Connected set in $\mathbb{S}^1$

Let $A$ be a connected set in $\mathbb{S}^1$. Show that $A^c$ is also connected.

My idea: suppose $A^c$ is not connected. Then, there exist $U,V \subset \mathbb{S}^1$ open and disjoint such that $U \cup V =A^c$. Therefore $\mathbb{S}^1 = A \cup U \cup V$. If I had that $A\cup U$ was open I could arrive at contradiction, since $\mathbb{S}^1$ is connected, but I can't say that...

• $A^c$ is disconnected iff there are disjoint non-empty subsets $U,V$ of the space $A^c$ with $U\cup V=A^c.$ If such $U,V$ exist then $U=A^c\cap U'$ and $V=A^c\cap V'$ for some $U',V'$ that are open subsets of the space $S^1.$ But $U',V'$ are not necessarily disjoint. – DanielWainfleet Sep 22 '17 at 22:16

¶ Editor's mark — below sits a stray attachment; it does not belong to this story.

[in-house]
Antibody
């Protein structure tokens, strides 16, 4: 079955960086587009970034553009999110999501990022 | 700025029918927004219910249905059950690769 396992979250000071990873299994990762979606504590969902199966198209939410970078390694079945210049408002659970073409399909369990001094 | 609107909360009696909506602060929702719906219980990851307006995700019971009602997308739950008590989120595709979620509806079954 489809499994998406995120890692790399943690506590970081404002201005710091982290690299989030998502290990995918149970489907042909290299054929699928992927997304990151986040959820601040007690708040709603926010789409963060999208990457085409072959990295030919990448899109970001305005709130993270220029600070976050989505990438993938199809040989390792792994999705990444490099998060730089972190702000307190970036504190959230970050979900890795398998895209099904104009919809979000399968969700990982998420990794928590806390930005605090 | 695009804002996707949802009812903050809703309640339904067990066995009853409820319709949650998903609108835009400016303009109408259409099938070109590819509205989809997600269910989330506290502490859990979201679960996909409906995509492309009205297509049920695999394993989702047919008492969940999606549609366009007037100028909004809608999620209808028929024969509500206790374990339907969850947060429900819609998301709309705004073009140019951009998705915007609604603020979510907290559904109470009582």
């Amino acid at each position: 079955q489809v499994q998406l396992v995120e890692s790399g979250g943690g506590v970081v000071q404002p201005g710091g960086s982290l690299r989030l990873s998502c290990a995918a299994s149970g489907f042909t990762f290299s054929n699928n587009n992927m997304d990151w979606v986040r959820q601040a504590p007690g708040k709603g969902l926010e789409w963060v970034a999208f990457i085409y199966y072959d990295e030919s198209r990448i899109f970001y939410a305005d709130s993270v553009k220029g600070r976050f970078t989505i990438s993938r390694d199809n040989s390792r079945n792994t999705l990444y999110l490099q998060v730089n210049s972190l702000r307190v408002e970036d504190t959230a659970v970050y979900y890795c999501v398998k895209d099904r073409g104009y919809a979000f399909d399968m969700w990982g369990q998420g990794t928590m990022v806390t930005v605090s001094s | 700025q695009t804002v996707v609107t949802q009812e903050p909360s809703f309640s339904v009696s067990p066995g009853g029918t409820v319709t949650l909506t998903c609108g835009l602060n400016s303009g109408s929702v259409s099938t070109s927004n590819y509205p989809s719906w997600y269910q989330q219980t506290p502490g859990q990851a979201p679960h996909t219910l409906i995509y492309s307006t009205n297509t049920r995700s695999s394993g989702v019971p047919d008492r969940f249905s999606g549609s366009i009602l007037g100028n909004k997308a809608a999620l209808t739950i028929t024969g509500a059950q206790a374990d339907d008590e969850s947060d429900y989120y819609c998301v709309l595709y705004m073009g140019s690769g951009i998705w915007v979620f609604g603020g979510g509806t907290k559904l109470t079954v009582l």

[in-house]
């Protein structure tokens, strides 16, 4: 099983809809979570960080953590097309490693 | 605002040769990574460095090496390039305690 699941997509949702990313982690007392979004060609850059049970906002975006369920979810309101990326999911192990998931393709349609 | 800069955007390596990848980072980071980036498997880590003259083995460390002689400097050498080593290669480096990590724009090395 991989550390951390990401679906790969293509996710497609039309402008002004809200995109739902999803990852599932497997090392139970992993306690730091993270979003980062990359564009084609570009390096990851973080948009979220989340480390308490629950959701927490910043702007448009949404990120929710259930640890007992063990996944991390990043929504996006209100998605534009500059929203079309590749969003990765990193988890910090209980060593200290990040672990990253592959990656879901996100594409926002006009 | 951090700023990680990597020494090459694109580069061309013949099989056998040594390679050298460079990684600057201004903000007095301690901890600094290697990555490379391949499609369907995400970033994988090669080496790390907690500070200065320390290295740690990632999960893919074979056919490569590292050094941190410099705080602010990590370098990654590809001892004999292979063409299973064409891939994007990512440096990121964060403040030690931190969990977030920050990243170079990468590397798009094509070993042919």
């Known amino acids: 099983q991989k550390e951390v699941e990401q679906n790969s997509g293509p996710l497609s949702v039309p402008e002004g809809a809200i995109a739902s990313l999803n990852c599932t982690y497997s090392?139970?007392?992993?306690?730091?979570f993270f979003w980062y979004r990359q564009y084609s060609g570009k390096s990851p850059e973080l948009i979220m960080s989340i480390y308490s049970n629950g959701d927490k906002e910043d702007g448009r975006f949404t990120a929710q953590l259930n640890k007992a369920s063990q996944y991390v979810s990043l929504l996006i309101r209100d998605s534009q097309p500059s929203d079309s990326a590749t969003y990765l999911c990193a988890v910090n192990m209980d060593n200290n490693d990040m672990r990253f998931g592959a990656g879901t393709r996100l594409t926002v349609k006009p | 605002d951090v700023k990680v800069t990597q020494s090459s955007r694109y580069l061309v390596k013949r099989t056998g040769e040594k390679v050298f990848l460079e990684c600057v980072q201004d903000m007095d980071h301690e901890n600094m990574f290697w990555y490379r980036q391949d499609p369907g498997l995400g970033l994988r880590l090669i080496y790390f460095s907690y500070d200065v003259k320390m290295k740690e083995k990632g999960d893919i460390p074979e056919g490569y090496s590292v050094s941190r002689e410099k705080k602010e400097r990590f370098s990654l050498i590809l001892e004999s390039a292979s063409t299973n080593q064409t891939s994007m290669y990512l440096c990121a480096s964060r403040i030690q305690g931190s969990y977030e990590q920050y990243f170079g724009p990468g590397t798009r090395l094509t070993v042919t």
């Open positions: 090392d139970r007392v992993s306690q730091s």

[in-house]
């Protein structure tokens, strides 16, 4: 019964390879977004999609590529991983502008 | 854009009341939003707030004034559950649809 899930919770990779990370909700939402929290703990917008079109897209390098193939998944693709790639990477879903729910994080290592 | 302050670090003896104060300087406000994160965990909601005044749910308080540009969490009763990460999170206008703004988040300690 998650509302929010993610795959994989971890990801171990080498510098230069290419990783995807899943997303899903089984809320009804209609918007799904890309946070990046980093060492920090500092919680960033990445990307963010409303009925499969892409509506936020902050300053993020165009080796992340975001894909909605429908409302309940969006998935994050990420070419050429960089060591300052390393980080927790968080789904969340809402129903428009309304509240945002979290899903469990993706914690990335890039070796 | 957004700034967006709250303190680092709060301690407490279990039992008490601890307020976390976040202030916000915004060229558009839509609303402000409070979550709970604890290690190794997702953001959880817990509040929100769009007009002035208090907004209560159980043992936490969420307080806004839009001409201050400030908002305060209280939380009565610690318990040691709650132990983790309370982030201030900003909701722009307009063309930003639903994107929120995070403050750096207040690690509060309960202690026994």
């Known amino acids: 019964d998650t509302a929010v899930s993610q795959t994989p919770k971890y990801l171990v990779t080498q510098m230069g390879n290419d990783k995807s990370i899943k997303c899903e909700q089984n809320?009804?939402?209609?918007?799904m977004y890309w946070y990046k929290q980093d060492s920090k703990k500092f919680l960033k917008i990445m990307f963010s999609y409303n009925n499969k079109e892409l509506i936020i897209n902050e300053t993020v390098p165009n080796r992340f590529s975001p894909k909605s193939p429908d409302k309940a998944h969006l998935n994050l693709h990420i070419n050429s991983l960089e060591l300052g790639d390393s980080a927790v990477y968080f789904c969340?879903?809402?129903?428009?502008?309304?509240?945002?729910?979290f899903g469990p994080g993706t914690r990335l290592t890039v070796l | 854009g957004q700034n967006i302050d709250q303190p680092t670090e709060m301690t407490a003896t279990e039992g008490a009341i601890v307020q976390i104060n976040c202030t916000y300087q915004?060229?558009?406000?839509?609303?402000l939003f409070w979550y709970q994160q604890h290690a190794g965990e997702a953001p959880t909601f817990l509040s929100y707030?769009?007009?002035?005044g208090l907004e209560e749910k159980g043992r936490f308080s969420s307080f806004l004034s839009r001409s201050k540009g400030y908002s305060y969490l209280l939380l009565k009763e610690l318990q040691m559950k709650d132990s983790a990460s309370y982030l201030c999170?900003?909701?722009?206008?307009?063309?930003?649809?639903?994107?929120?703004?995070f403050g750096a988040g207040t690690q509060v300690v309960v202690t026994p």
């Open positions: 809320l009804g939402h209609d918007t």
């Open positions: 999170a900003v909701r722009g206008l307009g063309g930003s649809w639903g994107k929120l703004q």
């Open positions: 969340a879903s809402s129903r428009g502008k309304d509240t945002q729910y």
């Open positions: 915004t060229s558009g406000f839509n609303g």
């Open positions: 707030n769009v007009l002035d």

If $A=S^1$, then $A^\complement=\emptyset$, which is connected.
Otherwise, $A^\complement$ has at least on point. We can assume, withou loss og generality, that that point is $(-1,0)$. Consider the map $f\colon(-\pi,\pi)\longrightarrow S^1$ defined by $f(x)=(\cos x,\sin x)$. Then $f^{-1}(A)$ is a connected subset of $(-\pi,\pi)$ in therefore it is an interval $I$. Therefore, its complement is either an interval or the union of two intervals and, if it turns out to be the union of two intervals, one of them begins at $-\pi$ and the other one ends at $\pi$. In each case, $f(I^\complement)\cup\{(-1,0)\}$ (which is $A^\complement$) is connected.
• Why is $f^{-1}\left( A \right)$ connected? – Figurac Sep 22 '17 at 18:54
• Because $f^{-1}$ is continuous and therefore maps connected sets onto connected sets. – José Carlos Santos Sep 22 '17 at 19:18
• Why can you say $f(I^\complement)\cup\{(-1,0)\}$ is connected? – Figurac Sep 25 '17 at 18:52
• @Figurac Because if $a$ and $b$ are the extreme points of $I$, then $f(I^\complement)\cup\{(-1,0\}$ is the arc of the unit circle going from $f(a)$ to $f(b)$ passing through $(-1,0)$. (one of even both extreme points of the arc may be missing, but that doesn't destroy connectedness). – José Carlos Santos Sep 25 '17 at 21:06